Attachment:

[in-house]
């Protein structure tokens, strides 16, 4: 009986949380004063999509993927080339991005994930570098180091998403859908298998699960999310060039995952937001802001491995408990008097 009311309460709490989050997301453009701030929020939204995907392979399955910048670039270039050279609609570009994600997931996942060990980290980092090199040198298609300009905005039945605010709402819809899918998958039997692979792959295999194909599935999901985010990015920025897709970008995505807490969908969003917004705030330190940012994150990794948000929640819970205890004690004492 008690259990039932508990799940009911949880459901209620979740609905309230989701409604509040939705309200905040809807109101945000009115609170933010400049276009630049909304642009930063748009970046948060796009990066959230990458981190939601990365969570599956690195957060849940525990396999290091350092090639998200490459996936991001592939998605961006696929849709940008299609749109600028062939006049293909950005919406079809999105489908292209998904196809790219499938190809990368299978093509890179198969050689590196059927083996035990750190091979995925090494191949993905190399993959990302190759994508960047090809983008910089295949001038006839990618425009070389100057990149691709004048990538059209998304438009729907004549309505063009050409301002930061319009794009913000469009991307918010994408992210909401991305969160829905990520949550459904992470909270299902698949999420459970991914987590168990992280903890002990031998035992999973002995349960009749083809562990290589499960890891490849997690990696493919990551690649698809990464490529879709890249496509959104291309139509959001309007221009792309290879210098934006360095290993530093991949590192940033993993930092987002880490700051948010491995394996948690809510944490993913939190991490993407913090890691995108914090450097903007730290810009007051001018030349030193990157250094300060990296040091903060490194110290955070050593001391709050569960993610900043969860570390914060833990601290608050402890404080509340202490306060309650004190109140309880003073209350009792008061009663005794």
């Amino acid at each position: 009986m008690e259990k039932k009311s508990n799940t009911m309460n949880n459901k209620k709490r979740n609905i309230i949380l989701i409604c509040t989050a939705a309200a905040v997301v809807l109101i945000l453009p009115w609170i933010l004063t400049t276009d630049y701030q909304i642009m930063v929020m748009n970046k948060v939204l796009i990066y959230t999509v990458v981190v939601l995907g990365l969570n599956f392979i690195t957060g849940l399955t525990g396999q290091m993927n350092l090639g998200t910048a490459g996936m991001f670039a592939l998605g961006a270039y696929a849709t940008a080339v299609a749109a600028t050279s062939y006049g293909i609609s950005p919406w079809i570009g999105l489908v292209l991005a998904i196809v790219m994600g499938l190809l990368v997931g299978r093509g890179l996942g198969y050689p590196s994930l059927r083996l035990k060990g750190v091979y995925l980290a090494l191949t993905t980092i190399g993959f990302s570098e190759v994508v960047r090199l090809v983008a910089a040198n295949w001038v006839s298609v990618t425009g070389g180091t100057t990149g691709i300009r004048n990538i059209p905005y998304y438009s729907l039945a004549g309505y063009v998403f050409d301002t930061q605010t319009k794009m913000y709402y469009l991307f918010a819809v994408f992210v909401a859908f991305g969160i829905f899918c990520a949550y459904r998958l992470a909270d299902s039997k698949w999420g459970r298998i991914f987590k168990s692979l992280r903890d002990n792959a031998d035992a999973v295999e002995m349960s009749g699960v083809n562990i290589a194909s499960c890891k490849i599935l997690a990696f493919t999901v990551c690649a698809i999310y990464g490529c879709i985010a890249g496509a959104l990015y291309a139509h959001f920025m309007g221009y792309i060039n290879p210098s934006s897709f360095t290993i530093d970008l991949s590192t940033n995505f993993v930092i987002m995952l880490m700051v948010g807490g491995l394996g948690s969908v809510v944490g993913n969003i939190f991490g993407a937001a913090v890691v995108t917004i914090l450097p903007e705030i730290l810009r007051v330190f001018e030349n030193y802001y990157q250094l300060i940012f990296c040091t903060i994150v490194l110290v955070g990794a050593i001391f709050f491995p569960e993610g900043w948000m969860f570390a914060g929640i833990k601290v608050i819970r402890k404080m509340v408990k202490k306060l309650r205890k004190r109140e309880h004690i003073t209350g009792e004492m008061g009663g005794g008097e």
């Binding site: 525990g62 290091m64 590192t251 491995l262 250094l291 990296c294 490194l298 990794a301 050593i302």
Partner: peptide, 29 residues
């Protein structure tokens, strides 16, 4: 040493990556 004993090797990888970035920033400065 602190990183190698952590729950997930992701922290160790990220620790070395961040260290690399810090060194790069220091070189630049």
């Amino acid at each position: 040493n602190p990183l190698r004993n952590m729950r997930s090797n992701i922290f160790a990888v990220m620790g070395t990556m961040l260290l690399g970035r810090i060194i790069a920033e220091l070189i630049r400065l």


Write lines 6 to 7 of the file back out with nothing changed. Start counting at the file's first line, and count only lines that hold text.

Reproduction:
């Protein structure tokens, strides 16, 4: 040493990556 004993090797990888970035920033400065 602190990183190698952590729950997930992701922290160790990220620790070395961040260290690399810090060194790069220091070189630049």
């Amino acid at each position: 040493n602190p990183l190698r004993n952590m729950r997930s090797n992701i922290f160790a990888v990220m620790g070395t990556m961040l260290l690399g970035r810090i060194i790069a920033e220091l070189i630049r400065l």